Oklahoma's state employment relying on low-wage workforce
March 11, 2018
OKLAHOMA CITY (AP) — Eldon Johnson glanced at the clock to see it strike 11 p.m., the end of one workday and 30 minutes until the start of the next.
The half-hour window is just enough time for him to drive from the J. D. McCarty Center in Norman, where he works for the state of Oklahoma, to his second job at Integris Mental Health Hospital, 30 miles away in Oklahoma City.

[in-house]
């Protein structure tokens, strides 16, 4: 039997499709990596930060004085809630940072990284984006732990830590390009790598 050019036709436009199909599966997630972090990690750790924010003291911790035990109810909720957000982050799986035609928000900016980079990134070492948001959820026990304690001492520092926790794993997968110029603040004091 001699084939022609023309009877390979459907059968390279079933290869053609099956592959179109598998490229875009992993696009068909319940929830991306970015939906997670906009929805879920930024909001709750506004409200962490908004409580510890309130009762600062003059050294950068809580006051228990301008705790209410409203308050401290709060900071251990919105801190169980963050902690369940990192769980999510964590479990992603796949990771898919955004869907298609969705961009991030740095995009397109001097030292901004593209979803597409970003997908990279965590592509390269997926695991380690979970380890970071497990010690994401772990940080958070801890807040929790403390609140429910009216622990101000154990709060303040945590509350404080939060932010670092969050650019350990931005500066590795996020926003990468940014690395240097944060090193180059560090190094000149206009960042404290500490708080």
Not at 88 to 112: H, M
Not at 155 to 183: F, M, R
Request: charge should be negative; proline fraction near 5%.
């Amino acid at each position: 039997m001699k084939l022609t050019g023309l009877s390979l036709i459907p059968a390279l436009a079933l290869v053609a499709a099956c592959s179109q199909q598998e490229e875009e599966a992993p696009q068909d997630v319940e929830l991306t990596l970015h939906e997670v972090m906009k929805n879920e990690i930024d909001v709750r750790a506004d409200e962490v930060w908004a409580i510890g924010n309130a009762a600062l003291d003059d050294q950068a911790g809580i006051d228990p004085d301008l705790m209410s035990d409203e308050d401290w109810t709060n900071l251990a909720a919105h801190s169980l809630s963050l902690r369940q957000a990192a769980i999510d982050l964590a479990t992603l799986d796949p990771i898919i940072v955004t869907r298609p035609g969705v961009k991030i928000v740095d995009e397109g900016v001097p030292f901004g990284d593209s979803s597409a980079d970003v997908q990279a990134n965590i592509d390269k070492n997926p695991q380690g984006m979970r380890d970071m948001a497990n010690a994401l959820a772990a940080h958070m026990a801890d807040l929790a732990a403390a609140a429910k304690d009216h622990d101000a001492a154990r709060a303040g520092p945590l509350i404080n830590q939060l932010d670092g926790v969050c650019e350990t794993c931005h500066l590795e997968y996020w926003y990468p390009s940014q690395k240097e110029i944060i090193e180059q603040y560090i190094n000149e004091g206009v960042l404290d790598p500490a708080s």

By the time he makes it home in the morning, Johnson will have completed another 16-hour work day.
"I know I'm missing out on having a real social life, maybe having a family," said Johnson, 43, who works as a direct ca...
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